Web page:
1 sq. mile = 640 acres
All divisible by four, making calculations of area easier. In 1632 Edmund Gunter came up with the chain, combining this with decimals. (Decimals were described by Simon Stevin in 1585.)
1 chain = 4 rods = 66 feet or 22 yards (divided into 100 links)
10 square chains = 1 acre
So measurement could be done in decimals then converted to acres by dividing by ten. A cricket pitch is one chain long and US city blocks are often a multiple of chains in length.
10 chains = 1 furlong
80 chains = 1 mile
Also, p.88, the daywork had equivalents in other countries: the journée in France, the Morgenland in Germany, the giornata in Italy, and the journal in Catalonia.
16-17 Sizes of measures used to vary: “what was being measured was not a quantity but its local subjective value.”
…the Latvians quoted a single price on the salt fish they sold to Russian merchants, Ukrainian nobility and their Hanseatic partners, but measured them out in different scales and containers according to the importance of the customer. … [In France] by using smaller containers to measure out flour in remote villages, traders could charge those far from the market the same price as those nearer to it.
…an acre of rough pasture was larger than an acre of meadow which could produce hay… a bushel of oats, which could only make porridge, held more than a bushel of wheat, which could be made into bread… An ell of coarse cloth was longer than an ell of fine material.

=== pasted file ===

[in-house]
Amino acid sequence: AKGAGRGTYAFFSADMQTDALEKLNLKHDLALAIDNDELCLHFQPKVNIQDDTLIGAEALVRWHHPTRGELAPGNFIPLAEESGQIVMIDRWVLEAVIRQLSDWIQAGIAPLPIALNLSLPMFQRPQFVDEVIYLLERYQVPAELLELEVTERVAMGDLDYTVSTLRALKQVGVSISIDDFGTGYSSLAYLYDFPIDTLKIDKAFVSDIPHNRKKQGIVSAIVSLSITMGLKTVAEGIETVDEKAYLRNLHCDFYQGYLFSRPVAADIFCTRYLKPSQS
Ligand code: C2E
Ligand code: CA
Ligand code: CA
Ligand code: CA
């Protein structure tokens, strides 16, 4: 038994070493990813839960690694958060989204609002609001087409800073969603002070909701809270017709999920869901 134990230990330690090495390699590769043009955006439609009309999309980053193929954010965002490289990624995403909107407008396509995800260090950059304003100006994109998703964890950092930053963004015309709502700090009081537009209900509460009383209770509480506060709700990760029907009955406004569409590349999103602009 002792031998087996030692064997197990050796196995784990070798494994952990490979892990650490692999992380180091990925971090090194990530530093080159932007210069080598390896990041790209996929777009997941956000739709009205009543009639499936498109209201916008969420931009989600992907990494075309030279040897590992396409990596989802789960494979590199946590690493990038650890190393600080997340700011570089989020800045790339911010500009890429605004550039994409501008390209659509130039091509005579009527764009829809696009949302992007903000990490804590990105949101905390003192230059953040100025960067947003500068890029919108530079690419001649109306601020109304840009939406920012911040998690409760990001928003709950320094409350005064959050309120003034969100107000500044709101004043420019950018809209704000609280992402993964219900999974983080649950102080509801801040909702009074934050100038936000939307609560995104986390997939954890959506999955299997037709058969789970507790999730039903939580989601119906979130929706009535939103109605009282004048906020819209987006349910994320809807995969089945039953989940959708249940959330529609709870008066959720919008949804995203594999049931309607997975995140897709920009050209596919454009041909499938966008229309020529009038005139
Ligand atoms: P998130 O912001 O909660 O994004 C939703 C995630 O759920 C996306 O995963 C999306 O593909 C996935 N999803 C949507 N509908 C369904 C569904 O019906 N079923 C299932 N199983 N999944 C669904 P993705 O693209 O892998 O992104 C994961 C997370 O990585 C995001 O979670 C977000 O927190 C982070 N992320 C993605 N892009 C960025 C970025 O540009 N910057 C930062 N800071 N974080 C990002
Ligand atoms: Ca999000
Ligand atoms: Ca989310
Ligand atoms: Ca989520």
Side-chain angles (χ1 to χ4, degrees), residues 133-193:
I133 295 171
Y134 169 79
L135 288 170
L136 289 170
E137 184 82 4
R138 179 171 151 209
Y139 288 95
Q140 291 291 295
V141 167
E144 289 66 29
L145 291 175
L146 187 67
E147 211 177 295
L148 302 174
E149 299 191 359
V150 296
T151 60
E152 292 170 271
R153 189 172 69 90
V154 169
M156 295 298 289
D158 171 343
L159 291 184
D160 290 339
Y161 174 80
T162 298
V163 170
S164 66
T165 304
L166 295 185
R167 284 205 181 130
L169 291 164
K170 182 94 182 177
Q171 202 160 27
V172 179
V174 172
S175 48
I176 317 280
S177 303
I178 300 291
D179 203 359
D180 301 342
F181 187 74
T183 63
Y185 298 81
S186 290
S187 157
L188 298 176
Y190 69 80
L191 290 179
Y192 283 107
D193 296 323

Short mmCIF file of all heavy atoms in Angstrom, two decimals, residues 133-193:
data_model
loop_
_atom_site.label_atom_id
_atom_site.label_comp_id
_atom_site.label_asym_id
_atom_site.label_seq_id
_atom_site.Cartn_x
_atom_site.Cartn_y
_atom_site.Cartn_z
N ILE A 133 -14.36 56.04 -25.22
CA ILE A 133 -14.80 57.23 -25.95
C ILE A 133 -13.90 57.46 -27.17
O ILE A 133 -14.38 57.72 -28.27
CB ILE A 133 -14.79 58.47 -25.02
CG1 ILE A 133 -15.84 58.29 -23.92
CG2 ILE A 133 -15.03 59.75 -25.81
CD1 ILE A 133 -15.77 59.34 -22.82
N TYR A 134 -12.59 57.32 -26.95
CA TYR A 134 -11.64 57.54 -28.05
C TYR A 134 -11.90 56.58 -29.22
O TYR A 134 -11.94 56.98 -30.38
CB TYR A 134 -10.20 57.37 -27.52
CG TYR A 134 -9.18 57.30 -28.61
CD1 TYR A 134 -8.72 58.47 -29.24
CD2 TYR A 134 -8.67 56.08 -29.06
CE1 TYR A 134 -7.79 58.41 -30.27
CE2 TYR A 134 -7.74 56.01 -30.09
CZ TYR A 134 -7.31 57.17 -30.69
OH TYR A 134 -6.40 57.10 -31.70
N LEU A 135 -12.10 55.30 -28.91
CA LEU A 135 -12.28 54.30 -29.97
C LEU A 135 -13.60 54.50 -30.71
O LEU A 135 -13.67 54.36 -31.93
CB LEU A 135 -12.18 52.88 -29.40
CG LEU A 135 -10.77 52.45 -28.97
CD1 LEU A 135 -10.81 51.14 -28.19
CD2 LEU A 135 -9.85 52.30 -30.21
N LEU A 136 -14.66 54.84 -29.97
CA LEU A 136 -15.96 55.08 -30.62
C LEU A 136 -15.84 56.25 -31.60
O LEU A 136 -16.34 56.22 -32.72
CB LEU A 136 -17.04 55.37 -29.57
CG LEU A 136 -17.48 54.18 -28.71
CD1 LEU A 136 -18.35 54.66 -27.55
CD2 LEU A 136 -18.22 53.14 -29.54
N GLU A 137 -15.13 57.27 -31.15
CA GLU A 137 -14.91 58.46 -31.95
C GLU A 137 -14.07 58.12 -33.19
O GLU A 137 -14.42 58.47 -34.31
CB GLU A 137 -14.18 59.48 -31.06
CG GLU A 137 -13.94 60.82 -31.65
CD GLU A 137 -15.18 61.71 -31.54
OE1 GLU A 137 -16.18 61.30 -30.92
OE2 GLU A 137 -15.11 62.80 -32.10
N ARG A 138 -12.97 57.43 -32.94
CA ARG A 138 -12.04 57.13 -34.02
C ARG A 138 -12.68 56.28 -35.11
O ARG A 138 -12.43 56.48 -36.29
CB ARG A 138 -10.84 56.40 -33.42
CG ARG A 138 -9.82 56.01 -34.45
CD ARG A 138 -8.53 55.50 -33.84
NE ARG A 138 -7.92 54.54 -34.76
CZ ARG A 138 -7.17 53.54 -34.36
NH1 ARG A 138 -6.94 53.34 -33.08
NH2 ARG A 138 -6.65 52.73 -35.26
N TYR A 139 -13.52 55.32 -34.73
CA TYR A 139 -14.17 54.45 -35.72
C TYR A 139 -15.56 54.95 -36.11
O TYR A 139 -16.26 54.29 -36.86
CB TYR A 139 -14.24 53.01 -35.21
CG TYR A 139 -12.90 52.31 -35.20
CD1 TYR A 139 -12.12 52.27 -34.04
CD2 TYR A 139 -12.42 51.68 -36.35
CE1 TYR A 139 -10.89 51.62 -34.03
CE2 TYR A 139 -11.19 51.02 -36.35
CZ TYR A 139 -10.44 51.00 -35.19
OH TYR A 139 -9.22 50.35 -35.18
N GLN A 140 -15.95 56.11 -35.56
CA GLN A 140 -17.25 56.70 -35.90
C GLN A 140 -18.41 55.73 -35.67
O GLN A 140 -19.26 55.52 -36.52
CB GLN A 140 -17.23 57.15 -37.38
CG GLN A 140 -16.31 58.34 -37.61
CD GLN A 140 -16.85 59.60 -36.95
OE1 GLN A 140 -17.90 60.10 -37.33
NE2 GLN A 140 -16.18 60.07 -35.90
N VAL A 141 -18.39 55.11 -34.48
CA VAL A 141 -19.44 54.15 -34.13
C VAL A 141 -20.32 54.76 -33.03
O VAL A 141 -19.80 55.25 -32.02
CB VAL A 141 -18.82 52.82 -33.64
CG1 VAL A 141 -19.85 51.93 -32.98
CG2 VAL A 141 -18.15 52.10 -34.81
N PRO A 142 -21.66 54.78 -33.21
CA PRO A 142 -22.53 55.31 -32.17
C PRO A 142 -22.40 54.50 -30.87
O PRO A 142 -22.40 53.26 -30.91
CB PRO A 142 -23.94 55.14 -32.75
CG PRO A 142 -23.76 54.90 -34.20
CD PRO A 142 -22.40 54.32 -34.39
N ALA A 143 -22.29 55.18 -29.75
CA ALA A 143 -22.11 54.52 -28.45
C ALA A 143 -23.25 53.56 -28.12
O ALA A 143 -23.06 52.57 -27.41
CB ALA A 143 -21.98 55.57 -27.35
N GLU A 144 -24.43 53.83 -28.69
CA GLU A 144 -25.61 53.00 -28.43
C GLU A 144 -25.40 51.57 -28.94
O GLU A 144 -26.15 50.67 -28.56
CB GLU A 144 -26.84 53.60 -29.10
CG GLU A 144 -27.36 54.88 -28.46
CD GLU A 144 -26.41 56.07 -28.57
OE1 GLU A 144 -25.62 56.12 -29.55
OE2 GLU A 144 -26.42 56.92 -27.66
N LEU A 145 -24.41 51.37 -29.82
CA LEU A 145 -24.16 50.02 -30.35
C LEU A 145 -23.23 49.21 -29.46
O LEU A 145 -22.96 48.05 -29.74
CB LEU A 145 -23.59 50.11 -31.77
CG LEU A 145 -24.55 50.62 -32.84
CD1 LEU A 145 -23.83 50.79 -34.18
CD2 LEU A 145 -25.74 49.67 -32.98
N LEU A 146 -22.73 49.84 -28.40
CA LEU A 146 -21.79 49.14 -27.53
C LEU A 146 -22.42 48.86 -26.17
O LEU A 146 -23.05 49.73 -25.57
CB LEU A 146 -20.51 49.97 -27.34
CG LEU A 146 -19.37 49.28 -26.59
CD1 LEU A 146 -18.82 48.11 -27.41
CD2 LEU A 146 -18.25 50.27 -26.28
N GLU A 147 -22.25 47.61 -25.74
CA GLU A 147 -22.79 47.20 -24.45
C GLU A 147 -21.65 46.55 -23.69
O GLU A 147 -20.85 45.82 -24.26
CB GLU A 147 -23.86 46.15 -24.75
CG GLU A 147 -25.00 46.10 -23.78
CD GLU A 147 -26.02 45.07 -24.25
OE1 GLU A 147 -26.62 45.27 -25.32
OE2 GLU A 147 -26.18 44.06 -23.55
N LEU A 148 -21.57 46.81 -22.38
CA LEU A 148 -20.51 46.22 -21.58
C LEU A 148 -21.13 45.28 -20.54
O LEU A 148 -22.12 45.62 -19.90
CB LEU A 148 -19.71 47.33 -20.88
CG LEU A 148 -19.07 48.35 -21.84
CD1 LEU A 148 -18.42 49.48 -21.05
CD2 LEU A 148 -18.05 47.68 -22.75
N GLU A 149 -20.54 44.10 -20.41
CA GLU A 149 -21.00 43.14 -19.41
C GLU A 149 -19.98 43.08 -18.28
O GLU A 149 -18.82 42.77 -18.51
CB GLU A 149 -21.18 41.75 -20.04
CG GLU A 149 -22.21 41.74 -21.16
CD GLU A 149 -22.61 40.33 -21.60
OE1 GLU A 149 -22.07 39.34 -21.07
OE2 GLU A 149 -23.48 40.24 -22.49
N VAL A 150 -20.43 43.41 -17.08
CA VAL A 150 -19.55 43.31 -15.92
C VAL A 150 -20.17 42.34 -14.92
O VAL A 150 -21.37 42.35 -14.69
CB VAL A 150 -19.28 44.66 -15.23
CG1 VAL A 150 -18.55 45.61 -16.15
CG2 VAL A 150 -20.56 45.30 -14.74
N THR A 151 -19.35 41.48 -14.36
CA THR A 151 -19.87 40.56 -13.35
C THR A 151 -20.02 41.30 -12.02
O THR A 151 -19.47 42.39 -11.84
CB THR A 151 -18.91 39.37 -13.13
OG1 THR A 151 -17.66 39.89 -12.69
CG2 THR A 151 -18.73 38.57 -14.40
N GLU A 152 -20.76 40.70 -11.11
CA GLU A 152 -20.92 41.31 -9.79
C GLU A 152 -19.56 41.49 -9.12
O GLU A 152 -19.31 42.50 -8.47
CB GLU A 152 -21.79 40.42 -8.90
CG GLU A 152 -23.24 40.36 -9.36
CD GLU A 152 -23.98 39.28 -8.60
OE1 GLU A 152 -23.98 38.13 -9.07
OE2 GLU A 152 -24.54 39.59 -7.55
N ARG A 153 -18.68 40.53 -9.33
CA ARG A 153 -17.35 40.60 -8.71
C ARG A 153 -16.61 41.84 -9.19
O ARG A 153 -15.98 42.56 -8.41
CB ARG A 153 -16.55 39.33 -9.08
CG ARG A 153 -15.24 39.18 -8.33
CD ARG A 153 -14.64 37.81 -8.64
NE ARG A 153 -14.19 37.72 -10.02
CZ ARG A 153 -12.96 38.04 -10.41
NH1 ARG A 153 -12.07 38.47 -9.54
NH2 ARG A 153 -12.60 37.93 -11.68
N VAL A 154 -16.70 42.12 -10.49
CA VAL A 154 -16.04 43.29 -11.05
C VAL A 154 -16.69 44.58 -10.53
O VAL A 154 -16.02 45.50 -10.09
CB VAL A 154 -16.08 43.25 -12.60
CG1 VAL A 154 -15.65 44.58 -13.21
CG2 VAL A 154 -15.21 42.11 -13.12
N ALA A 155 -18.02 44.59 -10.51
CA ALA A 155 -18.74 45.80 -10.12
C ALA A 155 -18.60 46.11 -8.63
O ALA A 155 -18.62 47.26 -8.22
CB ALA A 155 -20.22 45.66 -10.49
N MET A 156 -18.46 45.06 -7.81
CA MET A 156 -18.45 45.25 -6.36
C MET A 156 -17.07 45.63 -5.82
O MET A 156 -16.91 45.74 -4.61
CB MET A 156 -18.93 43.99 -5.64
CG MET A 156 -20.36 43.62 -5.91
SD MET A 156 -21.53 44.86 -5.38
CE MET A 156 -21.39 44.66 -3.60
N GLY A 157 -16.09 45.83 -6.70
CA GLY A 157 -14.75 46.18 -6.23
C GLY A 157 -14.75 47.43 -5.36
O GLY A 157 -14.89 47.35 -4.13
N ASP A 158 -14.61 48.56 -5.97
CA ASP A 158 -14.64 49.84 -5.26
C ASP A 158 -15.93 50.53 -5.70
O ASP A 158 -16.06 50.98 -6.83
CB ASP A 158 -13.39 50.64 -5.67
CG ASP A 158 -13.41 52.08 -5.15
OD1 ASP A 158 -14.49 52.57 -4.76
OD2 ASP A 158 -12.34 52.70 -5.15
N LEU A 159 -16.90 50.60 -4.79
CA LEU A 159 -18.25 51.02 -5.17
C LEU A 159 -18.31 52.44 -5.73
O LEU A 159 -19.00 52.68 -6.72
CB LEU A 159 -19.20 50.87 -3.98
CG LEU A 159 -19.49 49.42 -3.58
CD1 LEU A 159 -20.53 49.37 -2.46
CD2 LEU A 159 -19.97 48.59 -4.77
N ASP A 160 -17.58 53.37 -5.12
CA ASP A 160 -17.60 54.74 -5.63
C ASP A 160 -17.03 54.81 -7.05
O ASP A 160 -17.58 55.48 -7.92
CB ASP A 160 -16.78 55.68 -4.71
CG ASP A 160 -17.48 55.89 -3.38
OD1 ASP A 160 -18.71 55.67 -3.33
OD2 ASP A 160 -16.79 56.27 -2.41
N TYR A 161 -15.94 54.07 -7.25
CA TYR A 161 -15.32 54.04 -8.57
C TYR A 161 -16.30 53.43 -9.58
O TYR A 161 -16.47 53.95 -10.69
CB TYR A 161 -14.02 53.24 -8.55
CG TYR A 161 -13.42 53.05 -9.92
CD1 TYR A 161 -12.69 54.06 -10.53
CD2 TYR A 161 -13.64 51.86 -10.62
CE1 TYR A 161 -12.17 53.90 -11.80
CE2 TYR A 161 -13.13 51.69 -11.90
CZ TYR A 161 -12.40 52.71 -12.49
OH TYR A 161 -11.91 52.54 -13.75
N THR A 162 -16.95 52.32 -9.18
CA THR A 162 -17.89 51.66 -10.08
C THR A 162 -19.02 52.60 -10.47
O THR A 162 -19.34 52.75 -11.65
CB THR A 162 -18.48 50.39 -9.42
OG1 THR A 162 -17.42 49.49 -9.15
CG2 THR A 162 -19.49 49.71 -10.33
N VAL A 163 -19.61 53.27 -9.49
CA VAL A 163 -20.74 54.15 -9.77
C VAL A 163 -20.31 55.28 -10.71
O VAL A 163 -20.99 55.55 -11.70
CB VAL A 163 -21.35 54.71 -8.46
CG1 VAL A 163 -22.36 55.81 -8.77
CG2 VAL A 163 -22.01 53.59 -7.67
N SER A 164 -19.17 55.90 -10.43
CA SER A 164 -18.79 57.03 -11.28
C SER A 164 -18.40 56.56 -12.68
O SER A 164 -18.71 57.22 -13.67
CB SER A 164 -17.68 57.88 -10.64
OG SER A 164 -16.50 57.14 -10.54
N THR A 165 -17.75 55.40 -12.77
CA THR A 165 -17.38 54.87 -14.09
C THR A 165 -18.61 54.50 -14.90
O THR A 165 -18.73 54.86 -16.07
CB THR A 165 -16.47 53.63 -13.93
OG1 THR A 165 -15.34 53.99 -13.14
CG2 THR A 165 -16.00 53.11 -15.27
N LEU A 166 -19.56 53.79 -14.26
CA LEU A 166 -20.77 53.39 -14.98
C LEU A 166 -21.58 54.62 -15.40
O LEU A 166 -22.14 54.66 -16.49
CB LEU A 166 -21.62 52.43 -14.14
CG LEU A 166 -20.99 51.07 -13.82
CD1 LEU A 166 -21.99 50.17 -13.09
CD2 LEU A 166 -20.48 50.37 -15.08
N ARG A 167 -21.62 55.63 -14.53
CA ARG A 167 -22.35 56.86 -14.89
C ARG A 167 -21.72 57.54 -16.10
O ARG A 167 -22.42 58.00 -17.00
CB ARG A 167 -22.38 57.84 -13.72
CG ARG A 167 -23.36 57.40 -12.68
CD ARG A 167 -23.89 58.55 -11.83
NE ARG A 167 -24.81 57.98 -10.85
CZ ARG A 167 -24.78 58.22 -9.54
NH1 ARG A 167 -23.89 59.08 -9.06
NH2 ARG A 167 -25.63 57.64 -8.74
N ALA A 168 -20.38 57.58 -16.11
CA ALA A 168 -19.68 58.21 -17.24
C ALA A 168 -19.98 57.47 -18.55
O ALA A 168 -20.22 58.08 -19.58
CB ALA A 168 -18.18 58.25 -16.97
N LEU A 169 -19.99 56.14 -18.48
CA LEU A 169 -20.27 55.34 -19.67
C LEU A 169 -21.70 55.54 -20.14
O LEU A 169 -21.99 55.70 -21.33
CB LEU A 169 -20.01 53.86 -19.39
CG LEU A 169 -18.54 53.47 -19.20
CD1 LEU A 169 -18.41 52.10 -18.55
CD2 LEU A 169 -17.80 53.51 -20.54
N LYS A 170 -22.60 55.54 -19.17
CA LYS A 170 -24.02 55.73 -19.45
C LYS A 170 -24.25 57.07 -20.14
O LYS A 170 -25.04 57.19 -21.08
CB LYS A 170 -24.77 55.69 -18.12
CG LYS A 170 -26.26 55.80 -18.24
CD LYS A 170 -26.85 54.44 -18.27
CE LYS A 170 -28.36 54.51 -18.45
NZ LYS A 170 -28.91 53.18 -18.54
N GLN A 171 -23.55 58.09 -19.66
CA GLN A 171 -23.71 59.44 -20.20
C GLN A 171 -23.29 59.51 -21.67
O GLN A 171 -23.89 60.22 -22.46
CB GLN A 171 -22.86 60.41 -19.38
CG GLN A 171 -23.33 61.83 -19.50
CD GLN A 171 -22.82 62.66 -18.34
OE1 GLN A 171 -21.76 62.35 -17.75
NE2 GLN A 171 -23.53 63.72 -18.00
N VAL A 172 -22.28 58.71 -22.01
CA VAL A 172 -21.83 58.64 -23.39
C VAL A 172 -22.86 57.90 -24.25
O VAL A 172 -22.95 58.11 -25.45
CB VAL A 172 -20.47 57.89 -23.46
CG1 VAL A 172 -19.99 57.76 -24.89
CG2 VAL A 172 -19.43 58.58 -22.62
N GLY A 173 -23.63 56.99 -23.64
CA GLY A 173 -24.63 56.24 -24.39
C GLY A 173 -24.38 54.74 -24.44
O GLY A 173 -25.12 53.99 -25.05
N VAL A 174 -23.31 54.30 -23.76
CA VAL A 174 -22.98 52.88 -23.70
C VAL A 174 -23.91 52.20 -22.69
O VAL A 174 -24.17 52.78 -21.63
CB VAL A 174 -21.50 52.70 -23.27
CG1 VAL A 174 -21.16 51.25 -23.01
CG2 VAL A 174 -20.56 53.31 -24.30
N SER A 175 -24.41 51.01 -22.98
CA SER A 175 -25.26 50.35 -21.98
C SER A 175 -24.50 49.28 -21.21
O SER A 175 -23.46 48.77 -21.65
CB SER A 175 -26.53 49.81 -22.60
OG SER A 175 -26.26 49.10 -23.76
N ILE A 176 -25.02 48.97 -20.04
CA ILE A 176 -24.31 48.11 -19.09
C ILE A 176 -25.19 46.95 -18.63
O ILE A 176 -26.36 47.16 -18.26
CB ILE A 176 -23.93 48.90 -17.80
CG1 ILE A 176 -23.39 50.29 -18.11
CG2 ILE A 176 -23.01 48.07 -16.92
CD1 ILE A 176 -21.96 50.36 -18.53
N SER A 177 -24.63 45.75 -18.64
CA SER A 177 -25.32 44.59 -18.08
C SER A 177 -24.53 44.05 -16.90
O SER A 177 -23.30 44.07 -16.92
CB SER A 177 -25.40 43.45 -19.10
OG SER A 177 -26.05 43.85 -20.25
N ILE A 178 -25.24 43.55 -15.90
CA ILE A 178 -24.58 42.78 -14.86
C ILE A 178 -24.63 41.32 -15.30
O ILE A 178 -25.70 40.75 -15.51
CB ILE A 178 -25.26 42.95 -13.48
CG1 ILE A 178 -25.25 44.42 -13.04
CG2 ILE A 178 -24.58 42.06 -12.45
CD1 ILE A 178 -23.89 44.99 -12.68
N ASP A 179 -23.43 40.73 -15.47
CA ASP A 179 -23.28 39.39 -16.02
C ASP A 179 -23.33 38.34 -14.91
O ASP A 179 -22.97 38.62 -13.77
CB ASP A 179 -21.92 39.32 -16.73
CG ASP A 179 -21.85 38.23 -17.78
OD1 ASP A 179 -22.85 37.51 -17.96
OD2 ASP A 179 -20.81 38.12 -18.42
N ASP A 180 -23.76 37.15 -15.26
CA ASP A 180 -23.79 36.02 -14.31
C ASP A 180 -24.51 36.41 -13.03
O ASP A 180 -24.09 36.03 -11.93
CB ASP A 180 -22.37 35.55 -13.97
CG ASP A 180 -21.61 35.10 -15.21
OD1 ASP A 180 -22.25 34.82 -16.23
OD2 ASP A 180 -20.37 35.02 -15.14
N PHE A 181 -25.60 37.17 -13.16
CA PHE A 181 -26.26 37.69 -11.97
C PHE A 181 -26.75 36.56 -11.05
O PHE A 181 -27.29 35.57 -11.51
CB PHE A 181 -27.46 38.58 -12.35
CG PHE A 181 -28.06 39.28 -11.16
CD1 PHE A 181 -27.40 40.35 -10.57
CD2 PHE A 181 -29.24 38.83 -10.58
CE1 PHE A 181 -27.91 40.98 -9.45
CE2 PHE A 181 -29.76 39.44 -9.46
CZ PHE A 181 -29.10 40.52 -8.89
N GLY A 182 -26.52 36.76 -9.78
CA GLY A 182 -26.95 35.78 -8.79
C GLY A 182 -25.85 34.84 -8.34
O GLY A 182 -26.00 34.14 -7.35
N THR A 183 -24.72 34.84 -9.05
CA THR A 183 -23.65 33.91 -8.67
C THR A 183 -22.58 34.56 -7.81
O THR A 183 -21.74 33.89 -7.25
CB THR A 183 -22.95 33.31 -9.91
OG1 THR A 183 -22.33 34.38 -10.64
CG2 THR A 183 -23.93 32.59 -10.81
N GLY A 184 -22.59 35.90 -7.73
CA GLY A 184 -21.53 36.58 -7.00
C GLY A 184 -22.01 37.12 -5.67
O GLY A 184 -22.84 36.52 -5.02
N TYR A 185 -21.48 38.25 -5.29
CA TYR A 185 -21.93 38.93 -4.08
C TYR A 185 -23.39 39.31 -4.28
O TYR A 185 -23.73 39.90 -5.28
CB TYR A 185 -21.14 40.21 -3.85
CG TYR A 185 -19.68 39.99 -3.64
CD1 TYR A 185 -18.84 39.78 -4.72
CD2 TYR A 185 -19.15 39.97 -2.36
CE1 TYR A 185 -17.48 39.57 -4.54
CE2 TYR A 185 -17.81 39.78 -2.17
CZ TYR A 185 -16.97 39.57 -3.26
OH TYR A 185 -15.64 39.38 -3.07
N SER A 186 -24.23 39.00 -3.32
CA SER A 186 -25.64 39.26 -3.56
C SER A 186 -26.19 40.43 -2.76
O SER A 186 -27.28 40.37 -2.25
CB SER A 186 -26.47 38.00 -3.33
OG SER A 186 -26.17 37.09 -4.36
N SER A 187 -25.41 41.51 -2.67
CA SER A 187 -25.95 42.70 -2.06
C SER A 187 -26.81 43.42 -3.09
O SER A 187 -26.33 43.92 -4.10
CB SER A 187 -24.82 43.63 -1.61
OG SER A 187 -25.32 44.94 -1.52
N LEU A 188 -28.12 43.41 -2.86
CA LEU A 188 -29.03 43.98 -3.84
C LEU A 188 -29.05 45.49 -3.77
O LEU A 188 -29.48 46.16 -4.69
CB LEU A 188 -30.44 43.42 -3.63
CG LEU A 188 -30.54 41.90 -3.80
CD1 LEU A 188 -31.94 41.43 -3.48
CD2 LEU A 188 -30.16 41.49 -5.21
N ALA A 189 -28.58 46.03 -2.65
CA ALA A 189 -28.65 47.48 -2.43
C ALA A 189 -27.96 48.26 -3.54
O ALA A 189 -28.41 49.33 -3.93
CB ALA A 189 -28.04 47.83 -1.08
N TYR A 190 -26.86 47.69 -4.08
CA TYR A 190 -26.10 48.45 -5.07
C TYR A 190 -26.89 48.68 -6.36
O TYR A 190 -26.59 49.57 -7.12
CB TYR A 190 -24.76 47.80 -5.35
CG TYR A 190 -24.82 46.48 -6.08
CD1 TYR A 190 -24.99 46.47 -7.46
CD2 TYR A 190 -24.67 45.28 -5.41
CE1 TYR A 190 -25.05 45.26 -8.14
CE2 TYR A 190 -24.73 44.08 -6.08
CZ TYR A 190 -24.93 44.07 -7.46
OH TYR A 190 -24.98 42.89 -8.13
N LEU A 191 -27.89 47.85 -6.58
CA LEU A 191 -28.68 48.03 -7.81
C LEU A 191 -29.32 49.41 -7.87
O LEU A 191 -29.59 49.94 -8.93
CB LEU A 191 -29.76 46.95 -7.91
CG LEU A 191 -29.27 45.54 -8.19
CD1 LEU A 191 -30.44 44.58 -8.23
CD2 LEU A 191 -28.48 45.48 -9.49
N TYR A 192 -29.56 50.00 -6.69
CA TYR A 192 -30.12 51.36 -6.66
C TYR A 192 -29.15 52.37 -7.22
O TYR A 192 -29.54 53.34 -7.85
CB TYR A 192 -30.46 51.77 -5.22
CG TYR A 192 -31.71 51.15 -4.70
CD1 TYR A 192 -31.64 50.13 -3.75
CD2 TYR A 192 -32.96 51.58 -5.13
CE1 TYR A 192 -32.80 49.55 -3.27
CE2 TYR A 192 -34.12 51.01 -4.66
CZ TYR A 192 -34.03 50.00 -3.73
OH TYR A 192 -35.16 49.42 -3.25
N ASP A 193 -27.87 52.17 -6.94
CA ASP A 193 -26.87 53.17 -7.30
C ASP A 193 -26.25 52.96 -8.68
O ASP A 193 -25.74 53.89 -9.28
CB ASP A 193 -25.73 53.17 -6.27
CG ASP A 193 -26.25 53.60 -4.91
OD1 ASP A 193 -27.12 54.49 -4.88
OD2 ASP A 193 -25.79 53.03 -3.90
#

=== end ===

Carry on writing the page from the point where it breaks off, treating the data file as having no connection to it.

17-18 Measurements like the palm and cubit derived from parts of the body, and so varied.
…still less exact, were units like the bowshot (the distance an arrow would fly), the houpée (how far a shout would carry) and, among the Plains Indians of the United States, the horse-belly view (the furthest a person could see over the prairies when squatting beneath a mustang — approximately two miles).
[That reads like a McSweeney’s article.]
…Henry III in 1266, introduced the sterling system linking weights to coinage, so that there were 240 pennyweights to the pound, a ratio that persisted in the currency for over seven hundred years until 1972 in Britain… [but weights still varied, eg the Troy pound replaced the sterling pound in 1496]
21-22 Elizabeth I standardised weights and lengths in Britain and
…sent copies to fifty-eight market towns with instructions that a description of them was to be pinned up in every church and read during the service twice a year for the next four years.
[Noted for this being the method at the time of setting and publicising a standard.]
29 In Virginia [in 18th century?] planters measured out their acreage (often 50, 100 or 1000 acres) by measuring back from the river bank by a mile, then measuring along the river (ignoring bends). 25 rods along was 137 yards, 1 foot, 6 inches. Multiplied by the 1760 yard depth made 242,000 square yards, or 50 acres. These were often spread out, with later plots fitted in the remaining gaps.
“People live so far apart,” the German immigrant Gottlieb Mittelberger complained in 1756, “that many have to walk a quarter or a half-hour just to reach their nearest neighbour.”